Therapeutic Fasting
 The fast allows the entire system to restore its cellular and immunogenic integrity. Fasting can cause regression of some autoimmune and inflammatory disorders, such as rheumatoid arthritis. [Controlled trial of fasting and a one-year vegetarian diet eased symptoms of rheumatoid arthritis. The Lancet, 1991, 338]

  Nightshade Food Avoidance
 Elimination of nightshade family foods does not help all people with arthritis, but people who respond are usually helped a great deal.

According to a study conducted in 1993 by Childers, eating nightshade foods results in “a buildup of cholinesterase inhibiting glycoalkaloids and steroids …and may cause inflammation, muscle spasms, pain, and stiffness." The less cholinesterase the body produces as it ages, the less agile the body will be. Therefore, anything that additionally inhibits cholinersterase will add to joint deterioration and stiffness. Cholinesterase inhibitors such as nightshade foods affect mostly rheumatoid-type arthritis.

Drug

  LDN - Low Dose Naltrexone
 Ten patients with this disease have been treated with LDN in recent years. In all ten patients the joint pain and swelling cleared, in some, leaving residual joint distortion. Two of the patients stopped LDN for several weeks because of travel. Both had an immediate exacerbation. One patient who was responding well on LDN had a mild exacerbation during a period of severe marital stress.

  Conventional Drugs / Information
 Sulfasalazine is a prodrug, that is, it is not active in its ingested form. It is broken down by bacteria in the colon into two products: 5-aminosalicylic acid (5ASA), and sulfapyridine. There is some controversy as to which of these two products are responsible for the activity of azulfidine. Whereas it is known that 5ASA has therapeutic benefit, it is not clear whether sulfapyridine adds any further benefit. In the colon, the products created by the breakdown of sulfasalazine work as anti-inflammatory agents for treating inflammation of the colon. The beneficial effect of sulfasalazine is believed to be due to a local effect on the bowel, although there may also be a beneficial systemic immune-suppressant effect as well. Following oral administration, 33% of the sulfasalazine is absorbed, all of the sulfapyridine is absorbed, and about 33% of the 5ASA is absorbed. Sulfasalazine was approved by the FDA in 1950.

Plaquenil may be used for short or long-term rheumatoid arthritis treatment. In treating rheumatoid arthritis, Plaquenil may slow down the substances which harm the joints.

Centocor, Inc., Schering-Plough Corporation, and Mitsubishi Tanabe Pharma Corporation have announced that an estimated one million patients have now been treated with REMICADE® (infliximab), the leading anti-tumor necrosis factor (TNF)-alpha therapy worldwide (2007). In fact, REMICADE has been used to treat more patients worldwide than all other anti-TNF-alpha agents combined. REMICADE was the first anti-TNF-alpha treatment approved by the U.S. Food and Drug Administration (FDA), when it was indicated for the treatment of acute moderate to severe Crohn's disease in 1998. The indication for Crohn's disease was quickly followed by additional indications, such as rheumatoid arthritis.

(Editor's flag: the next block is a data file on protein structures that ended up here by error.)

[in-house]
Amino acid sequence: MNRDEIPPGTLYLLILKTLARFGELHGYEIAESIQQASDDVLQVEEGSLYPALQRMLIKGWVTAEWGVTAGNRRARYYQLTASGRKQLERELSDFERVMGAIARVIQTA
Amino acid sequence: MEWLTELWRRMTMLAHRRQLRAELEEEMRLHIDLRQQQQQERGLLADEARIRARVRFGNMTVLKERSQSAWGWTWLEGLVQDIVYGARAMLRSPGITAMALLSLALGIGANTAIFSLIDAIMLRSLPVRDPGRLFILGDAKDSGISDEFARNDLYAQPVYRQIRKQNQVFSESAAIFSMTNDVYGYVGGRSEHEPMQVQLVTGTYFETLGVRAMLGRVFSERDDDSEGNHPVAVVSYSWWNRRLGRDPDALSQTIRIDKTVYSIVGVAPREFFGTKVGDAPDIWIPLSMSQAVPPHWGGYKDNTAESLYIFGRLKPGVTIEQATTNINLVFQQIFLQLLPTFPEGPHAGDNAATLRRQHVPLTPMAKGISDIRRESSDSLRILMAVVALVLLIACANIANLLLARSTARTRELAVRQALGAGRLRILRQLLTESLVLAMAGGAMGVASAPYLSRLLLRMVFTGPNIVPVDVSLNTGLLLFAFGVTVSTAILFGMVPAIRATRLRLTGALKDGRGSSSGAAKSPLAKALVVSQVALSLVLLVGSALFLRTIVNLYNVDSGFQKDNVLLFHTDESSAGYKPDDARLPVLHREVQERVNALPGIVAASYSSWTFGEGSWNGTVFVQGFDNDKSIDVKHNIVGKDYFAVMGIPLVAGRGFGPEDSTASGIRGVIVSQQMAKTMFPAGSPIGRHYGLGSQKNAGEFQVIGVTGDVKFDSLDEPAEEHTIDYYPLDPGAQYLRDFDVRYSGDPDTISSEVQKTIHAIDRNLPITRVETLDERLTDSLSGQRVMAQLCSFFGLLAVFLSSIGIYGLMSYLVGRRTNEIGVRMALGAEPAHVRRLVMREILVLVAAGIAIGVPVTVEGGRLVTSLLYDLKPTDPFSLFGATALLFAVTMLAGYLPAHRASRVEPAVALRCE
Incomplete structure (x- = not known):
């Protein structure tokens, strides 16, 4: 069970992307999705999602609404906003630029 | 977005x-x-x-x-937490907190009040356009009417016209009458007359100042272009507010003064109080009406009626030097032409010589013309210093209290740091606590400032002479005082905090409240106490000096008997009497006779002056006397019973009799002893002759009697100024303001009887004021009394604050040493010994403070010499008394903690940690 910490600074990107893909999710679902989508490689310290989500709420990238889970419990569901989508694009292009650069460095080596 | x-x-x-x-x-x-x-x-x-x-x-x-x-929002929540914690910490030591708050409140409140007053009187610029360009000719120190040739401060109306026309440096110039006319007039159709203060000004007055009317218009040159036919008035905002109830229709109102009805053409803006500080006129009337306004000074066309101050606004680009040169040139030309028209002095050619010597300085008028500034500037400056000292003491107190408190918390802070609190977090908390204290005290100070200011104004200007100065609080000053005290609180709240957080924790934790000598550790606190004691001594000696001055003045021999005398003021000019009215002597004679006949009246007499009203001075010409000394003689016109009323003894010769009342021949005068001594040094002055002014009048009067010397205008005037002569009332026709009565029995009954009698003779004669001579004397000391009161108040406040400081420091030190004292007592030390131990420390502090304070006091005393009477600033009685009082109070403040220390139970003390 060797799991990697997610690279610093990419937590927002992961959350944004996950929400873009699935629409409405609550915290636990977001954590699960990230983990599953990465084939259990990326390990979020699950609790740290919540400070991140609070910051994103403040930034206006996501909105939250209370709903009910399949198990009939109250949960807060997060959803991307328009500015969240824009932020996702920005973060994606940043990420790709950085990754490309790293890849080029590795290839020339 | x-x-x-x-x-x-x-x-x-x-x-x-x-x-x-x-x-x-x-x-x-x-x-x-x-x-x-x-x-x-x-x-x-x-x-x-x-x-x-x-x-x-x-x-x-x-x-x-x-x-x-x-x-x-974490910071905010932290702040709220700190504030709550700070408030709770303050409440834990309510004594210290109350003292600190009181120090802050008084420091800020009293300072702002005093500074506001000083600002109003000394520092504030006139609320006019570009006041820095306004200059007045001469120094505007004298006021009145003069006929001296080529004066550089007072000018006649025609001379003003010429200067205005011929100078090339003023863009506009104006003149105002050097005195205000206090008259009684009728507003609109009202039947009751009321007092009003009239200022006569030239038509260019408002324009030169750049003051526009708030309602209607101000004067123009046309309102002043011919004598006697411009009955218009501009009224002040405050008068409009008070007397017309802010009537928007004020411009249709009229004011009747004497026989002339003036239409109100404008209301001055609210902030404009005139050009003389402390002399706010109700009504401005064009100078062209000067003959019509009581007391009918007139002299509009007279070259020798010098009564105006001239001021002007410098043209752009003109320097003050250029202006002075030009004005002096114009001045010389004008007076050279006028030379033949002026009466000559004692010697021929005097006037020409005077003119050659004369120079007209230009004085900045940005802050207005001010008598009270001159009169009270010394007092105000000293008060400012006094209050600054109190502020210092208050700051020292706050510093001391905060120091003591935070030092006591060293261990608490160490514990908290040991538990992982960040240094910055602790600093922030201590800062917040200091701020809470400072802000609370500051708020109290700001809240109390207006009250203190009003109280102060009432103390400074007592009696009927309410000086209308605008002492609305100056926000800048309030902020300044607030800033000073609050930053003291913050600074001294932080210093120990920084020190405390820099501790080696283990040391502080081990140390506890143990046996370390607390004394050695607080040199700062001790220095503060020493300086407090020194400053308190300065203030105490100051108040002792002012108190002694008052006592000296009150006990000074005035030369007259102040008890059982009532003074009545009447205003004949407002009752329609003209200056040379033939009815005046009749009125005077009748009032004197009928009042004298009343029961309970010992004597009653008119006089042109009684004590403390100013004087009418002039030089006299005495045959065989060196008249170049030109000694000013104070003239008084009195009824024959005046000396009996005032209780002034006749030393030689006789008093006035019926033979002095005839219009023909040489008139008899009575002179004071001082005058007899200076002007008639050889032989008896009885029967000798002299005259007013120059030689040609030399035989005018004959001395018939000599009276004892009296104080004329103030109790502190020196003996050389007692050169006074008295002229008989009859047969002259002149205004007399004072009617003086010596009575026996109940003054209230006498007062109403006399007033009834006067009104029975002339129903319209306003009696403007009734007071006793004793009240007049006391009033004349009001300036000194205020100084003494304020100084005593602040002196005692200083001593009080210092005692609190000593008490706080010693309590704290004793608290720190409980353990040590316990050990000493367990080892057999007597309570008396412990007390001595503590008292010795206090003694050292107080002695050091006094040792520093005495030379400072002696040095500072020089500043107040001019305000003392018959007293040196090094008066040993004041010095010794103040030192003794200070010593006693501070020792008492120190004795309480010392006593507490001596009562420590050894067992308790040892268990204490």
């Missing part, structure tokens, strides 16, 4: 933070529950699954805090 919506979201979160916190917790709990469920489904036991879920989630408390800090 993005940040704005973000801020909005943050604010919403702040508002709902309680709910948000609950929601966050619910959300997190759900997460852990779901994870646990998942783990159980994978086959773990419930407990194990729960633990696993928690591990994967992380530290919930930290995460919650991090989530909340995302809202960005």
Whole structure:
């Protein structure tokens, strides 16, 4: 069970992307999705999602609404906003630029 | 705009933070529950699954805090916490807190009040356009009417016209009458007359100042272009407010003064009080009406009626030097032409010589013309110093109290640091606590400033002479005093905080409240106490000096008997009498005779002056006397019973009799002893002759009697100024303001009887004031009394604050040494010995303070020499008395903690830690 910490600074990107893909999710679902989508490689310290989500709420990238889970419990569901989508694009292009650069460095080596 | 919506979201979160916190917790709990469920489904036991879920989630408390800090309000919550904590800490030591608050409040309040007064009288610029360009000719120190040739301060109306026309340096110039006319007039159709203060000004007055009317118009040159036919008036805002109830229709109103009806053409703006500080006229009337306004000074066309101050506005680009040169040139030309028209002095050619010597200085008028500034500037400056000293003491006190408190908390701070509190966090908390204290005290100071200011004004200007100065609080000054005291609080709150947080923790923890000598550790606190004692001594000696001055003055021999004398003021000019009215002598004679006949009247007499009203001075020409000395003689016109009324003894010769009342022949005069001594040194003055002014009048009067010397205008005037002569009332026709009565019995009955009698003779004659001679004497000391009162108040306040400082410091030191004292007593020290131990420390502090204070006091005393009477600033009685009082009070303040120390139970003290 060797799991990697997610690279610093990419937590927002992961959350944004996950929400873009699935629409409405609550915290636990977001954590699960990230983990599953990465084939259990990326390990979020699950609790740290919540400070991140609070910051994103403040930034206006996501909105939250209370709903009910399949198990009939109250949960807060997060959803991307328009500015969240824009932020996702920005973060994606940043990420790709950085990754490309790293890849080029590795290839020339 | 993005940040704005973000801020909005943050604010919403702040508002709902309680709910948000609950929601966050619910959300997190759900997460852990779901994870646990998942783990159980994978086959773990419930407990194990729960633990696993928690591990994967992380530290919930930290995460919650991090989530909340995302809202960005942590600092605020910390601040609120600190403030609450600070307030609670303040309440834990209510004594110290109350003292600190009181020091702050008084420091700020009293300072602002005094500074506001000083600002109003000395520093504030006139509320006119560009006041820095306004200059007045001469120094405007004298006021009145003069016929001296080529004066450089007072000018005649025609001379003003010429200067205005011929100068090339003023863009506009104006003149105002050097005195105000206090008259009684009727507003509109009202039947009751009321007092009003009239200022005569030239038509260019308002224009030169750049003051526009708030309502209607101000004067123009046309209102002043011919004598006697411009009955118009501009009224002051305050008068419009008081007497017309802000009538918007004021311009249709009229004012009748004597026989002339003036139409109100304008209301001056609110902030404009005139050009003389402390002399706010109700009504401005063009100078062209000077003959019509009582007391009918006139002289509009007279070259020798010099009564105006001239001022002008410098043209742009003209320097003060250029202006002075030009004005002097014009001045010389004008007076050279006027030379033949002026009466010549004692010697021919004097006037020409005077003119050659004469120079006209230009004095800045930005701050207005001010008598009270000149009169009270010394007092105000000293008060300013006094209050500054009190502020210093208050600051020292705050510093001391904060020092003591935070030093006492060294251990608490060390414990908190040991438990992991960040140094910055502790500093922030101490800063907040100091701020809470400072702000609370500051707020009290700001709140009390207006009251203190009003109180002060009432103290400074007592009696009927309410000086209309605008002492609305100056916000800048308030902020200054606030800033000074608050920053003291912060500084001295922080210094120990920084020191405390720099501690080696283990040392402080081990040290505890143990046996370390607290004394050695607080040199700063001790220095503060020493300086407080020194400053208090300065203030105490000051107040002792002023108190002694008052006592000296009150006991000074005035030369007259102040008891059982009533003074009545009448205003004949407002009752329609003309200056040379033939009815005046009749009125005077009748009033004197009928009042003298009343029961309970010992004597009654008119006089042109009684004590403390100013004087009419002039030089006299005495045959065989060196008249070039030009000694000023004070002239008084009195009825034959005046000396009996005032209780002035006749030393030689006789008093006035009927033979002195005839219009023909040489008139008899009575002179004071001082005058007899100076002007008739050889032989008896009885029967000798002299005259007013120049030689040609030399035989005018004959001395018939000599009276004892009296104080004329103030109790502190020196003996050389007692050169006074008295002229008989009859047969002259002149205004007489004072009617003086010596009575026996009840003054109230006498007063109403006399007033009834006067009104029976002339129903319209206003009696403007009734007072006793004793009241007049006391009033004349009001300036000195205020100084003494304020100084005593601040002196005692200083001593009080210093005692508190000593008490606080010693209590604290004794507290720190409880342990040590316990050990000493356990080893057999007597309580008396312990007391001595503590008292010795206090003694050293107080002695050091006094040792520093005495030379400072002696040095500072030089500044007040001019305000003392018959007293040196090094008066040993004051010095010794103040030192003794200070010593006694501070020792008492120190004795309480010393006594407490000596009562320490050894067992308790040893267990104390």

"Rheumatoid arthritis derailed my life," said Ellen Shmueli, RA patient. "Simple tasks like lifting my child or holding a pen were nearly impossible. It's hard to put into words what REMICADE has meant to me."

Through a long line of firsts in the biotechnology industry, the history of REMICADE includes 15 FDA indications spanning across inflammatory diseases that include Crohn's disease (adult and pediatric), ulcerative colitis, rheumatoid arthritis (RA), ankylosing spondylitis, psoriatic arthritis and psoriasis.

"This significant milestone was achieved as a result of nearly three decades of expanding and improving access for people living with life-altering inflammatory diseases," said Neal Fowler, President, Centocor, Inc. "In partnership with Centocor R&D, we will continue our pledge of bringing the promise of biomedicine to physicians and patients through continued research and development, REMICADE and our promising pipeline portfolio."

REMICADE has been studied in more than 37 clinical trials, evaluating its use in a wide variety of diseases of the immune system and is approved for use in 88 countries.

  Antibiotics
 Antibiotic therapy has been controversial. Doctors haven't proved, or disproved, that an infection causes rheumatoid arthritis. Early studies of minocycline showed only a modest effect, discouraging many physicians, said Dr. Doyt Conn of The Arthritis Foundation.

Most rheumatology investigators believe that an infectious agent causes rheumatoid arthritis. There is little agreement as to the involved organism. Investigators have proposed the following infectious agents: Human T-cell lymphotropic virus Type I, rubella virus, cytomegalovirus, herpesvirus, and mycoplasma. There is evidence supporting the hypothesis that mycoplasma is a common etiologic agent of rheumatoid arthritis.

Minocycline is a more potent antibiotic than tetracycline and penetrates tissues better. These characteristics shifted the treatment of rheumatic illness away from tetracycline to minocycline. Minocycline may benefit rheumatoid arthritis patients through its immunomodulating and immunosuppressive properties as well.